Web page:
Bird Families

Ringworm (silkworm): fight

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The ringed silkworm (cocoonworm) is a garden pest that is hard to miss. Caterpillars stuck to the branches of an apple, plum, pear, less often currants and gooseberries, literally swarm, and nests of cobwebs immediately catch the eye even of an inexperienced gardener. What to do? How to fight? After all, if you hesitate with control measures, then not only the harvest, the tree will die from the invasion of the pest.

Before fighting the ringed cocoon, you need to know the enemy by sight, namely, to have a good idea of ​​what kind of pest it is, where it came from and how to defeat it not only for one season, but to minimize the possibility of re-infection.

Ringed cocoon moth (Malacosoma neustria L.) how to identify

During the life period, a ringed cocoonworm (lat. Malacosoma neustria L. Class Insecta, order Lepidoptera, family Lasiocampidae, genus Malacosoma.) Goes through several stages of development: egg, caterpillar, pupa, butterfly (imago).

The main color of the ringed cocoon moth butterfly (ringed silkworm) is from ocher yellow to brown. Male has comb antennae, in wingspan. Female is more powerful, large, in wingspan. Front wings are yellow-brown or reddish-brown in color with brownish light-bordered oblique transverse stripe. The fringe of the forewings is in irregular light and dark check. The hind wings are paler, without transverse stripes. The coloration of adult insects is highly variable.

Ringworm butterfly, adult (Malacosoma neustria adult). Photo: Wikipedia.org

Young caterpillars of ringed cocoon moth are black, about 2 mm long. Adult caterpillars are slender, the length , covered with sparse delicate hairs. The main color is gray-blue. On the blue-gray head and on the first two thoracic segments, there are two black spots. On the dorsal side there is a white longitudinal line, on the sides there are blue and red-yellow stripes, bordered in black below. Black spots and yellow spiracles are also characteristic.

Caterpillar of the ringed cocoonworm (silkworm). Photo: L. Bartolini Pupa of the annelid cocoon moth (silkworm). Source: Insecta.pro

The pupa of the annelid cocoon moth is brown to black, soft, covered with brown hairs, the length of the pupa is about 20 mm. Is in a lemon yellow cocoon of densely woven threads and, like the cocoons of other cocoons, covered with yellow-white pollen. Eggs are round, barrel-shaped, gray-brown, whitish on top, glued together with a solid substance in a ring.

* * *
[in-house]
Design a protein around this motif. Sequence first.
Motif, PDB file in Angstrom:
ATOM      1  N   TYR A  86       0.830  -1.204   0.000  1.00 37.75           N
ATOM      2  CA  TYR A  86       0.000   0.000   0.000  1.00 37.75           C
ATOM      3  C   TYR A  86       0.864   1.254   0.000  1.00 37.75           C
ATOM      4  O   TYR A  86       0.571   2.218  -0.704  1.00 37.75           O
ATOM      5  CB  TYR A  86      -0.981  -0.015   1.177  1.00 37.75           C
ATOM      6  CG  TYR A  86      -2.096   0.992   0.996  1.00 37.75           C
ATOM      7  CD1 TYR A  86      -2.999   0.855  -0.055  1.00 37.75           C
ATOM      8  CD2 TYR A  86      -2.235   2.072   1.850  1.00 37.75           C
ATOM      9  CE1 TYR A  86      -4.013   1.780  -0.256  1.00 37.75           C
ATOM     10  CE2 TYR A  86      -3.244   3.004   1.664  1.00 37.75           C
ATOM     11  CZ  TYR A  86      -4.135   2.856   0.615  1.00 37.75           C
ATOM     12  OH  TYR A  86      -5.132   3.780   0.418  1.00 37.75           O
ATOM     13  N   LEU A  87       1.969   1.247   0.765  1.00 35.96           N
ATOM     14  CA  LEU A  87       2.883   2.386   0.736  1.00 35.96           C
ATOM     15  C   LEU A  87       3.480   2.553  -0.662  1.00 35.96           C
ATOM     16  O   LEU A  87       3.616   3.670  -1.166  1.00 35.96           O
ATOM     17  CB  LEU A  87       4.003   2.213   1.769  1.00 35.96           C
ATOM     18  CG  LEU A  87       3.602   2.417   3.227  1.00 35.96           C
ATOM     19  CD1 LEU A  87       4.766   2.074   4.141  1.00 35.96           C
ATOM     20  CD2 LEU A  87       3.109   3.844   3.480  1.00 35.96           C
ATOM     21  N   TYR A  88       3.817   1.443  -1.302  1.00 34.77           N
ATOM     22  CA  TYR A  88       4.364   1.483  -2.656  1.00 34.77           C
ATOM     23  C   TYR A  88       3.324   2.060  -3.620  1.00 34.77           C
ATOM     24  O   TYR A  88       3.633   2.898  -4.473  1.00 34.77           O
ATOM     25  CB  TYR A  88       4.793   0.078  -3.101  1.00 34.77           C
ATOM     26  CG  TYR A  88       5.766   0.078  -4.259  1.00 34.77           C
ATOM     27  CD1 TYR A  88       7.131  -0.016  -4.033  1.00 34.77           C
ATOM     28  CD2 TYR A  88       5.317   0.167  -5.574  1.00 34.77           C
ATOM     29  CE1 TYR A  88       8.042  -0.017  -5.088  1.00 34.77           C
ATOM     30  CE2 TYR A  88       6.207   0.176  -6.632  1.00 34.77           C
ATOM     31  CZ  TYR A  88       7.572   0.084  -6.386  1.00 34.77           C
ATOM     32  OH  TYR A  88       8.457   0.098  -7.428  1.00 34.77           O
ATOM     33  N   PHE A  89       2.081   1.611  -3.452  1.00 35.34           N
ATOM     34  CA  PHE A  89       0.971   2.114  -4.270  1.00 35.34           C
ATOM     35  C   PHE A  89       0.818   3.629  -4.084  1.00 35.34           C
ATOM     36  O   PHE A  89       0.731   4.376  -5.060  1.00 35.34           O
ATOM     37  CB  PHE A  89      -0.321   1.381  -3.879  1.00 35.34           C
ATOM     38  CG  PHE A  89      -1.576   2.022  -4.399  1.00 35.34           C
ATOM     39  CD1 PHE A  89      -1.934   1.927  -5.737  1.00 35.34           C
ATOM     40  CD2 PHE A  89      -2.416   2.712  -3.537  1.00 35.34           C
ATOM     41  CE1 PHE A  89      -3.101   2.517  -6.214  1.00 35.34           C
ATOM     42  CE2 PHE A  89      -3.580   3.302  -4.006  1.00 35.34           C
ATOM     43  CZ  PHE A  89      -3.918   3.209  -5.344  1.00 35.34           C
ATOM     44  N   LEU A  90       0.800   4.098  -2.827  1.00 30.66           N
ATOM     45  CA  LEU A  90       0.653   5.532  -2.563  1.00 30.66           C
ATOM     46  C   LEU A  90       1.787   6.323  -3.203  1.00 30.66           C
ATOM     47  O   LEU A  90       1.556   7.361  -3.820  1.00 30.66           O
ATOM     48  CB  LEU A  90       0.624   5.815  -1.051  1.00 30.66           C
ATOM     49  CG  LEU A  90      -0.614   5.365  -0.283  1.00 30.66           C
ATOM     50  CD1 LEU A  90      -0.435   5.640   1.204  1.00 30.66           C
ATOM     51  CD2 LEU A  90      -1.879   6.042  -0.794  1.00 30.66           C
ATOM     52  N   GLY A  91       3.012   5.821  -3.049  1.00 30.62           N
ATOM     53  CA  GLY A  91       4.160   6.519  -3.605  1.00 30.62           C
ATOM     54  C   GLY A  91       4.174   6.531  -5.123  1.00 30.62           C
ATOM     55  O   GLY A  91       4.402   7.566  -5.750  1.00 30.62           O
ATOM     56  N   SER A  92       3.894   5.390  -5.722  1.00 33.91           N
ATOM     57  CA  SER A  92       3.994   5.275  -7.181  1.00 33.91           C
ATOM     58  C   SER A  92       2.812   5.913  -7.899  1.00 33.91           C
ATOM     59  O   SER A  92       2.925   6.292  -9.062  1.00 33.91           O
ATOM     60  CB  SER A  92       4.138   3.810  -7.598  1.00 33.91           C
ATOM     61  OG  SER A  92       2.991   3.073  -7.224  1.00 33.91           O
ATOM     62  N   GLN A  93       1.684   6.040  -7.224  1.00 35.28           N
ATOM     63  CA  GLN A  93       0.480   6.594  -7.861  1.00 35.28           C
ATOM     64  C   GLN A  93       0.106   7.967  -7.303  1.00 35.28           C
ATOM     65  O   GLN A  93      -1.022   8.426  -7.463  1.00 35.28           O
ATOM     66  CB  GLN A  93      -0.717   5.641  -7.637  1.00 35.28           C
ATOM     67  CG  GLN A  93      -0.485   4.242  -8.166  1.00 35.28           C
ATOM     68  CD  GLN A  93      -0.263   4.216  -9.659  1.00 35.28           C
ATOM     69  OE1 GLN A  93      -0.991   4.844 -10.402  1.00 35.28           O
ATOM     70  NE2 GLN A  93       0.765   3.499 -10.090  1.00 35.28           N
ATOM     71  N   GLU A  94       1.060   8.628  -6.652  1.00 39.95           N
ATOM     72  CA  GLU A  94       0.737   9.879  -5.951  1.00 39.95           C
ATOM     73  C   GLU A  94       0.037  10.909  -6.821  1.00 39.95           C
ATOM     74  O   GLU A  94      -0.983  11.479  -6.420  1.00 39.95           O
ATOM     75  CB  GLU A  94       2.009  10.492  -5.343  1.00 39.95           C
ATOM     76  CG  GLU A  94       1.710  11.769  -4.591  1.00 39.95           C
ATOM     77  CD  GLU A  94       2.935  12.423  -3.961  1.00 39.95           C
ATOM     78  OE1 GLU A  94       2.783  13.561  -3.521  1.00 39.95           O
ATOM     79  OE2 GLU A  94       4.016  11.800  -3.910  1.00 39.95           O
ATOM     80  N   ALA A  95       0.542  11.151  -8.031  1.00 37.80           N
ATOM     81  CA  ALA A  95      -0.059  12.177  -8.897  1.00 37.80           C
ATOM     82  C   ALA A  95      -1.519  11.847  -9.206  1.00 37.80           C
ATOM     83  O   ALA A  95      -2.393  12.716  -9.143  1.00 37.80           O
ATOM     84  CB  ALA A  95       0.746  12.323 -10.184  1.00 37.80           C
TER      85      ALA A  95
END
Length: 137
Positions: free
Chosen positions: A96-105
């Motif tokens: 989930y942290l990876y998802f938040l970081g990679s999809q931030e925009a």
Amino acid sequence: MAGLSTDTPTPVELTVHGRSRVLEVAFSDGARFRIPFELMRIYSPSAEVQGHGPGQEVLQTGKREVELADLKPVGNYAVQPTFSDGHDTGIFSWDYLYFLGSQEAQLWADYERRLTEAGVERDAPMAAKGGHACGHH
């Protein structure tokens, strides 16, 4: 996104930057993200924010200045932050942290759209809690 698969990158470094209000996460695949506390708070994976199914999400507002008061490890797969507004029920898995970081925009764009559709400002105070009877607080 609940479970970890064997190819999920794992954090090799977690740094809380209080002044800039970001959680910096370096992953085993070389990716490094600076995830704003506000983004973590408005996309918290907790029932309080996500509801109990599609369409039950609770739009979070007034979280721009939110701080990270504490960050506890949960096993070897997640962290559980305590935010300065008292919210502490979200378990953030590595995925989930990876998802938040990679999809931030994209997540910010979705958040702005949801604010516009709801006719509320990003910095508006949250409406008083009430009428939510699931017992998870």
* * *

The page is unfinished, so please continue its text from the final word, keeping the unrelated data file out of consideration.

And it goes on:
What damages the ringed cocoonworm

Ringworm is a pest that loves warm weather, and even better if the tree is in the sun.

First of all, the ringed cocoon moth damages fruit trees: apple, plum, pear, but with a lack of fruit plantations, it easily and quickly passes to oak, birch, poplar and shrubs (for example, blackthorn).

In nature, ringed cocoon moth butterflies appear in June and July. During the day, butterflies sit on trunks, during mass reproduction on walls and fences with roof-like folded wings.

During the day, the cocoon moth butterflies are motionless, but at night they can be destroyed with electric traps.

The ringed cocoon moth butterflies fly in the evening. Larger and heavier females are less mobile, males fly swiftly, like other cocoons, and often fly to light sources... By the way, it is electric traps that are effective in the fight against the ringed cocoon moth, as a prophylaxis.

The female begins to lay eggs approximately in a week after mating. Females lay eggs in a ring around thin one- or two-year-old twigs. Sometimes the ring is incomplete, open or partial.

The eggs of the annular cocoonworm (silkworm) encircle the branch. Photo: J.J.Fito

One full ring contains which are tightly connected in rows. On average, the female lays about 300 eggs. Eggs overwinter in diapause.Caterpillars of the ringed cocoon moth hatch only next spring.

In April, May from the overwintered eggs of the annelid cocoon moth, caterpillars hatch within days, which immediately rise up into the crowns to the blossoming branches.

If the weather is cold and the opening of leaves is late, the caterpillars of the annelid cocoon wrap in dense cocoons, where they can lie numb for up to 6 weeks without food.

Caterpillars, falling on blossoming leaves or flowers, eat them forming between the twigs a nest of cobwebs... After prolonged feeding on warm sunny days without precipitation, caterpillars grow very intensively, crawl and eat leaves in the crowns.

Caterpillars of the annelid cocoon moth are characterized by "fluttering" movements of the front part of the body. Only in rainy weather and during molting do they crawl into the forks of branches or to the base of a branch near the trunk, where in a spider's nest they spend a short time without food and without movement.